Sunday, May 27, 2012

Campaign Established to Make the Bison America's National Animal

An American bison

It has been recently announced that a group of lawmakers in the western U.S sought to raise the status of the American bison to that of the bald eagle with a law to declare the shaggy beast as America's national animal. Advocates of the bison established a "vote bison" public relations campaign on Friday to accompany the law. The legislation, known as the National Bison Legacy Act, was brought to the Senate and is supported by lawmakers from the states of Colorado, Kansas, Nebraska, New Mexico, North Dakota, Rhode Island, South Dakota, and Wyoming. It is said that the measure would not provide added protections for the estimated 20,000 bison in North America, and that the bald eagle would still hold the position as a national emblem as declared by the Second Continental Congress in 1782. However, supporters of the bill stated that it would afford overdue recognition to a species that has a wide-ranging cultural and ecological importance. According to Senators Mike Enzi of Wyoming and Tim Johnson of North Dakota, the bison is an unsurpassed symbol of the U.S, its people, and way of life.
These bison were transported to the Fort Peck Indian Reservation in the state of Montana.

I'm completely amazed that there is a plan of naming the American bison (nicknamed "buffalo") as the nation's national animal. This is very special because over the years during my stay in the U.S, I had only heard the bald eagle was the national symbol of the nation. But now, the bison is on the verge of being given the same position as the eagle. And I think it is something that is worth giving. The American bison has for generations played a significant role in the culture of the Native American people in the U.S. They not only regarded these majestic beasts as their staple food source, but also worshipped them as gods and spirits. However, when the early settlers flocked into the U.S from Europe, they competed with the Native Americans and nearly wiped out tens of millions of bison across the country. This then led to conservation efforts to bring the bison back from the brink of extinction and as the years progressed, the bison population swelled up to an estimated half-million animals residing in national parks and private ranches across the western U.S.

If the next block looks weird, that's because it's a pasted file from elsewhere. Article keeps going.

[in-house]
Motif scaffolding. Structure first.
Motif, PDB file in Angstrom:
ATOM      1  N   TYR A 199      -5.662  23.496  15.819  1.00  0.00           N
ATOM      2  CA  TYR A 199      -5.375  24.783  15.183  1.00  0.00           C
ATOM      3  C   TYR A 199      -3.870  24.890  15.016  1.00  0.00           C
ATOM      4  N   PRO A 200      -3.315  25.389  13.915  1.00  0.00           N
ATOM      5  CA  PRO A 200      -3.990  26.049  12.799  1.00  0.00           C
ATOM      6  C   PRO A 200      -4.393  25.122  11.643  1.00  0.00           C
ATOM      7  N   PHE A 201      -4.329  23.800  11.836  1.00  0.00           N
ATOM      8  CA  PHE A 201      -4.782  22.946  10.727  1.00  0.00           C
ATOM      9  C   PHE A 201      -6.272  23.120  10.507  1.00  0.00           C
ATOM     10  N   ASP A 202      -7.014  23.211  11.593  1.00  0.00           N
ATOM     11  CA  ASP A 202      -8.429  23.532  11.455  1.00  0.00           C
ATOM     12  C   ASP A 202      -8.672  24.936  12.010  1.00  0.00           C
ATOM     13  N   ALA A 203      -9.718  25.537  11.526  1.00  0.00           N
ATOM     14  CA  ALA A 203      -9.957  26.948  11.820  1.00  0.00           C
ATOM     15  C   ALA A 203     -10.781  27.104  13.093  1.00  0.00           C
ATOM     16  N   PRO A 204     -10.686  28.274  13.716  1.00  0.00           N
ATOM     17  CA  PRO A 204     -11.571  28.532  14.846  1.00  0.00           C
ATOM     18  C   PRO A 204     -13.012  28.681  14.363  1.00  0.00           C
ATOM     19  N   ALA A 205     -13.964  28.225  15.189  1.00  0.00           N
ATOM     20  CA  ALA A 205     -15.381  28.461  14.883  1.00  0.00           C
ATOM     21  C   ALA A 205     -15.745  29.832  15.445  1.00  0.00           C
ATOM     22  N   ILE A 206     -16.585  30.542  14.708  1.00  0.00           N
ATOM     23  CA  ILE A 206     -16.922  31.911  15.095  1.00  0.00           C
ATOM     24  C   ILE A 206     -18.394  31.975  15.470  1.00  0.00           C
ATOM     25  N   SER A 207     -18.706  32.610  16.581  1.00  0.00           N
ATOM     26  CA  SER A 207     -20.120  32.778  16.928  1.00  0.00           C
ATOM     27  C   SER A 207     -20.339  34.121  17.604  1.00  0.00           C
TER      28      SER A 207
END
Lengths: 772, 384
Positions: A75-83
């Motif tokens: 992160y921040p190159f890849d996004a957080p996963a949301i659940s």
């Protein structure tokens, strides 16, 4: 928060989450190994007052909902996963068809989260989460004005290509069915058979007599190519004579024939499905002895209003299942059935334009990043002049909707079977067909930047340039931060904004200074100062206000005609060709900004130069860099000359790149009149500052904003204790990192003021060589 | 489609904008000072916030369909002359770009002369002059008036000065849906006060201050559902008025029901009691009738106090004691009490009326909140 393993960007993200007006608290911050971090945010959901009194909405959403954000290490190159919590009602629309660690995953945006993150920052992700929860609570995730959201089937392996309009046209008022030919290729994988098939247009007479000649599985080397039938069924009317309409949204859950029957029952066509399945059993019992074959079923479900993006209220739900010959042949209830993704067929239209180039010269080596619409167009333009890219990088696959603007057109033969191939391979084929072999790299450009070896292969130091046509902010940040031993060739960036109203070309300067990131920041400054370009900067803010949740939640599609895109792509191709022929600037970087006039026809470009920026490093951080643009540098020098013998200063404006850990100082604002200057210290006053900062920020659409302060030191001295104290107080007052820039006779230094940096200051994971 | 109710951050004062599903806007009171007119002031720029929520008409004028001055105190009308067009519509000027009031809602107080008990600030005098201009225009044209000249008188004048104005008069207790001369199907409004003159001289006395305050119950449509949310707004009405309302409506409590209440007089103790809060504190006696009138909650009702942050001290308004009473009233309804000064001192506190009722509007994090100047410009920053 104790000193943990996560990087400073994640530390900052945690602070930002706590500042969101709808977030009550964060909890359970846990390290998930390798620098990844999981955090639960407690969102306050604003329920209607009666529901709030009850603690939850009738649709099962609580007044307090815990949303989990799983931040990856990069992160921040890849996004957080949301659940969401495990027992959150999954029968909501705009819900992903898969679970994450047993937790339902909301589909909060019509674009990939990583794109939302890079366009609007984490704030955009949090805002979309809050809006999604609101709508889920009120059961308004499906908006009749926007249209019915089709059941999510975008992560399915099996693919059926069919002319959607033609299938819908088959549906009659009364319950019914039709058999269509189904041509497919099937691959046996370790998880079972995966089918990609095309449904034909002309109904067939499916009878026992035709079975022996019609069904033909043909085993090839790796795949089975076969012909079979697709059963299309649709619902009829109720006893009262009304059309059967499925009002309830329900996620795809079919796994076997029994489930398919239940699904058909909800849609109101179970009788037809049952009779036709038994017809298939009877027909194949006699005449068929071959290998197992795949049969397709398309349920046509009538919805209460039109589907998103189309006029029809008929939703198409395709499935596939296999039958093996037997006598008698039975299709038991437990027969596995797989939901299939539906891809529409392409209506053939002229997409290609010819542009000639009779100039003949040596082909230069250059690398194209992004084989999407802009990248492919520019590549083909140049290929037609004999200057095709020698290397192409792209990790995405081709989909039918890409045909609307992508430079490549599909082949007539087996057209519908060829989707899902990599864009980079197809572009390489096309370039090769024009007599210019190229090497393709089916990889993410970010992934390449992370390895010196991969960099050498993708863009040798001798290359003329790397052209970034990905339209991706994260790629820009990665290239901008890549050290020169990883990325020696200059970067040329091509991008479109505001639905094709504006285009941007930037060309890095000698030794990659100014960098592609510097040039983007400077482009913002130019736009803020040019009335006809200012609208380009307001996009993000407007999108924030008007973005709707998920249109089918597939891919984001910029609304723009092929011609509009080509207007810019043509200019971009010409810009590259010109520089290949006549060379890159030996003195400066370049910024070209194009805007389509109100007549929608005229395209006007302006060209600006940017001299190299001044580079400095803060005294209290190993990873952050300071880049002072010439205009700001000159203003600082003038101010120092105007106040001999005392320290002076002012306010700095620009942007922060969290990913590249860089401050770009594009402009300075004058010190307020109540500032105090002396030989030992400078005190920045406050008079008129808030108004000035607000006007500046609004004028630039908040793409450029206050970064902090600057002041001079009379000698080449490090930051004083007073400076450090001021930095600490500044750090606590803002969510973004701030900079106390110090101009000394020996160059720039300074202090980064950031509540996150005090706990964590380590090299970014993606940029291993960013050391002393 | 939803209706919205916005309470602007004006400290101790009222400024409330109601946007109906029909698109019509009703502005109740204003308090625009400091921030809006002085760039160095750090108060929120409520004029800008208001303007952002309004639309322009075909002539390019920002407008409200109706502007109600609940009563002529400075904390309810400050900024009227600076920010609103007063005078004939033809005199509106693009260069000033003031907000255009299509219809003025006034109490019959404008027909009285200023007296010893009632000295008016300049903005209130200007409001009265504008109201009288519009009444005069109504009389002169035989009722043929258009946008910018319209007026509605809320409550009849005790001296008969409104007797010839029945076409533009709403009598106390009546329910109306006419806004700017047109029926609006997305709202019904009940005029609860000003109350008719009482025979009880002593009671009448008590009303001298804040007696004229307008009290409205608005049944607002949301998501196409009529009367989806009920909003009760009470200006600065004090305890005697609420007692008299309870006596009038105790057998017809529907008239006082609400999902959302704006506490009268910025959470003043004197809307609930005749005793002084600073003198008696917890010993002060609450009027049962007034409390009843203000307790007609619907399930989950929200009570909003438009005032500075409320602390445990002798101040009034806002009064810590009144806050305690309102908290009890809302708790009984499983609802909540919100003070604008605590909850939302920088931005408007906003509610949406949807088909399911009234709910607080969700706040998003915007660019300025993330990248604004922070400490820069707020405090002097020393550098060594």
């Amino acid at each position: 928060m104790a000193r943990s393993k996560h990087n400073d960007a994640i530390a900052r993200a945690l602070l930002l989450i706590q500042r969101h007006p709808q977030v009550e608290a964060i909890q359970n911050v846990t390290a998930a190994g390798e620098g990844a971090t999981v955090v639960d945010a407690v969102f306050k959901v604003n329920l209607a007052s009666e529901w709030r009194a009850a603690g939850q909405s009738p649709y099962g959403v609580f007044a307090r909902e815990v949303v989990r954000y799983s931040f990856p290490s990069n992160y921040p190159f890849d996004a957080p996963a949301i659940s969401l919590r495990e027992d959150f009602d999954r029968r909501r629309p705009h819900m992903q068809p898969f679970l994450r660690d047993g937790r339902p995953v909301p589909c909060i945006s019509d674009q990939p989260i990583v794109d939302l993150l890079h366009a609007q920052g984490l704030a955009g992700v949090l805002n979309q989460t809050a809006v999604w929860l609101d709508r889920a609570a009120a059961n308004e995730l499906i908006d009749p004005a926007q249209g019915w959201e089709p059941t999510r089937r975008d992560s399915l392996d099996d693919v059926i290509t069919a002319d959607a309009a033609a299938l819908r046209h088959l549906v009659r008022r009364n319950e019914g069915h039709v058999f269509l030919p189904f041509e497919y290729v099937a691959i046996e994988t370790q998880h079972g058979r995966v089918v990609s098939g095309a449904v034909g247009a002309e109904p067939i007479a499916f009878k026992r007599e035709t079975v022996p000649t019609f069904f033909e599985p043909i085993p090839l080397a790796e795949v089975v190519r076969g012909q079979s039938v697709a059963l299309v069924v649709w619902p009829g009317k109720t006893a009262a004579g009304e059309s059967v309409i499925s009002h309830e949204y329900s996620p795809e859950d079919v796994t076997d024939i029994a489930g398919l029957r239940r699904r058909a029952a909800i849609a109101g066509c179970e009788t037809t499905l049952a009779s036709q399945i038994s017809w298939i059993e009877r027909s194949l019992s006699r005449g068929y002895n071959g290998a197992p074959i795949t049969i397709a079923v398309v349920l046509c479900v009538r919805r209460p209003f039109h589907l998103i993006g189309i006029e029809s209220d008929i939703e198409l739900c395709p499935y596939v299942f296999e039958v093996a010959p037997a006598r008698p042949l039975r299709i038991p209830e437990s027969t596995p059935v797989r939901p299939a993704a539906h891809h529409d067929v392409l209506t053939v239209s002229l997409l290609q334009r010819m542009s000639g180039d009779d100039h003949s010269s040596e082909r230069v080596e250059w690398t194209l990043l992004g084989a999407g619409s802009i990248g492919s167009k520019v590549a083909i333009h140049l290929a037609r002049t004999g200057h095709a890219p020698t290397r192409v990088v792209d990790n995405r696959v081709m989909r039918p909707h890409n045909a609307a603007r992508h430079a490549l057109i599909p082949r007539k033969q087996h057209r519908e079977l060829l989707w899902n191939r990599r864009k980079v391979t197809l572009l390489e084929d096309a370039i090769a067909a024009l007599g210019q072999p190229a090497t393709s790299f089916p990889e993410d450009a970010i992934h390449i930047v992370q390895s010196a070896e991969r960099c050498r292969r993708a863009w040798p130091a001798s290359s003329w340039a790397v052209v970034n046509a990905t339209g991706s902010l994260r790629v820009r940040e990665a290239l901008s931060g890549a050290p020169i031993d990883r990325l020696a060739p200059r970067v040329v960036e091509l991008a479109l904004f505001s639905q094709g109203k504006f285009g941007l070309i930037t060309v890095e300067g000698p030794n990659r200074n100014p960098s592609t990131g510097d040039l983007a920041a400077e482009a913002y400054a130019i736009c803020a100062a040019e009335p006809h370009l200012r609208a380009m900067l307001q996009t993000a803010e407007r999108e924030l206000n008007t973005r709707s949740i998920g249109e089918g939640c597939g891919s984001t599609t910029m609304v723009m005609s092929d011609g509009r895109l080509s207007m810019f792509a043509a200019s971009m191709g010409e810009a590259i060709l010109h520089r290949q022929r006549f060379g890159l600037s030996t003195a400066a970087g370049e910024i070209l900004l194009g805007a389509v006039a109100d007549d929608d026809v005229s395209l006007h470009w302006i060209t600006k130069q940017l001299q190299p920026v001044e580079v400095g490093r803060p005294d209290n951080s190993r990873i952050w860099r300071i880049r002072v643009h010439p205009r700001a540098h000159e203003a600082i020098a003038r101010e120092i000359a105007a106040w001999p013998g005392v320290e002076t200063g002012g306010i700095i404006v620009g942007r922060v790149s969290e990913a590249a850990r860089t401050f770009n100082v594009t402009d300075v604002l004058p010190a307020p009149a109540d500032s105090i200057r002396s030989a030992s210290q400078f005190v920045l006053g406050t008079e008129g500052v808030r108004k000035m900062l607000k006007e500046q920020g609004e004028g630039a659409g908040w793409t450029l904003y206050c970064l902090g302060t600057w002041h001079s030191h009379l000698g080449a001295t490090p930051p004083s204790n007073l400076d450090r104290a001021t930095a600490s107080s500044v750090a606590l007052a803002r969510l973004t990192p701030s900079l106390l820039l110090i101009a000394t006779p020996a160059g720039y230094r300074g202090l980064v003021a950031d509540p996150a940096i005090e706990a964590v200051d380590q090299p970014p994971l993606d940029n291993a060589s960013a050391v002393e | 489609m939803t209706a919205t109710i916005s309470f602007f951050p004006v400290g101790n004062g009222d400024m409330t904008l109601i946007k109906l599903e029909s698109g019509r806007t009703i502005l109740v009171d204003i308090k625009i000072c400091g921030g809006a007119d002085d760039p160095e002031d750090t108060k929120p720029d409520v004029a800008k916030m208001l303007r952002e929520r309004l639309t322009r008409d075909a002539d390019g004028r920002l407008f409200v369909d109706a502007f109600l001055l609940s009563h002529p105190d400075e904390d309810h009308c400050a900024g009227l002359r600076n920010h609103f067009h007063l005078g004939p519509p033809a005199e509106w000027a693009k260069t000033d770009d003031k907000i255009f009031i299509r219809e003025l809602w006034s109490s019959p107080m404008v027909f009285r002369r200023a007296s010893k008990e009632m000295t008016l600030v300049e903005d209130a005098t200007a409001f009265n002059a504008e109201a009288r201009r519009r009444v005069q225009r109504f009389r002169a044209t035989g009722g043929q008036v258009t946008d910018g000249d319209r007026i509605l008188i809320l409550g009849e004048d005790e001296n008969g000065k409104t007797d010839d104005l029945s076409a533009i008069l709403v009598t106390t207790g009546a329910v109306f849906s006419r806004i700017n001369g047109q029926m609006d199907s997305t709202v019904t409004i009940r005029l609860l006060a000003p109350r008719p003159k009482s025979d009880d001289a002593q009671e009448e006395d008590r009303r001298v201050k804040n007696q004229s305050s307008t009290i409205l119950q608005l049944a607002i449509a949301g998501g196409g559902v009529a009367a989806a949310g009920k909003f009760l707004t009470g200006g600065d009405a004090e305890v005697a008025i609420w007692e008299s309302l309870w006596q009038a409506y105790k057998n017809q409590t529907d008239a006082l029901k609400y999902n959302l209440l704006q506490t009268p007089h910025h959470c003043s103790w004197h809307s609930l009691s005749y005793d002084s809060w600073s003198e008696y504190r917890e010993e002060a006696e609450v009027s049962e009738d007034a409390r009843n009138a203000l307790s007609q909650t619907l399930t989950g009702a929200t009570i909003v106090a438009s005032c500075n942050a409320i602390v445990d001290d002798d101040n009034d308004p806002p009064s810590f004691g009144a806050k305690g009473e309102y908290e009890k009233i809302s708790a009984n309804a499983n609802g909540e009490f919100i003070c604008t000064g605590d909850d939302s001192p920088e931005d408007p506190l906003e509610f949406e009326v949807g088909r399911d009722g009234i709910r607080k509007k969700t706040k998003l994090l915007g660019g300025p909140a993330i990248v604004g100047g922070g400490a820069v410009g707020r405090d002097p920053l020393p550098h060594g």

About sixty bison were brought for the benefits of the Native American people.

In recent times, there have been issues regarding free-roaming bison herds in America. The most notable issue has been in Montana, where livestock producers and property rights advocates filed lawsuits to stop the spread of animals which ranchers say can break down fences, spread disease and compete with cattle for grazing. The most recent issue occurred this week in Boulder County, Colorado where city officials refused a proposal from media mogul Ted Turner to donate a bison herd for viewing purposes along U.S Highway 36. However, one of the "vote bison" campaign sponsors, John Calvelli of the Wildlife Conservation Society, stated that the plan was meant to surpass political concerns and mark the animal's place in the culture history of America. Other sponsors of the movement are the Intertribal Buffalo Council, which includes 57 Native American tribes and the National Bison Association. In addition to that, the Interior Department is also active in the project to bring the bison back onto public lands, including Badlands National Park and the Pine Ridge Indian Reservation of South Dakota and Colorado's Great Sand Dunes National Park. I feel that this is truly a path to a momentous occassion for the U.S and its people, and hopefully this new bill will come into effect.

View article here

No comments:

Post a Comment